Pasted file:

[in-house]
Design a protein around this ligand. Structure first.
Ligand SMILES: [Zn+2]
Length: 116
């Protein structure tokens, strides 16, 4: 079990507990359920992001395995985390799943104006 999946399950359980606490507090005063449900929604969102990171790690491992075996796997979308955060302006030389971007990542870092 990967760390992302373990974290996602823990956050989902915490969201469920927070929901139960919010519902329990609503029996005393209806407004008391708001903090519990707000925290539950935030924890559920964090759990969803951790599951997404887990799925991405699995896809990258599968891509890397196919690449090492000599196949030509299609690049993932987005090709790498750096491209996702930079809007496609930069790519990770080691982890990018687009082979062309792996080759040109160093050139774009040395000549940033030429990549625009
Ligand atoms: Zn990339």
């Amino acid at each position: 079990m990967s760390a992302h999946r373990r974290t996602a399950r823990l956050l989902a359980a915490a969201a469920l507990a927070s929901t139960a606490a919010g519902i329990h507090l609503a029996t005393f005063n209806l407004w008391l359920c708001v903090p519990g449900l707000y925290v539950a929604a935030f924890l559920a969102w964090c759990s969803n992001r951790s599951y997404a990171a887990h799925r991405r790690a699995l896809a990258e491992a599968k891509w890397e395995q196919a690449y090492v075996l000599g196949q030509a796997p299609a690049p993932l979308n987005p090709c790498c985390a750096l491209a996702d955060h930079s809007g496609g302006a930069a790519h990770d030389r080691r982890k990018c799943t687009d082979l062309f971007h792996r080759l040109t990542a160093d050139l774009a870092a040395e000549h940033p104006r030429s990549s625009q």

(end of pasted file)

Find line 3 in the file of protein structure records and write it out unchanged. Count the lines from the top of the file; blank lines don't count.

Ligand SMILES: [Zn+2]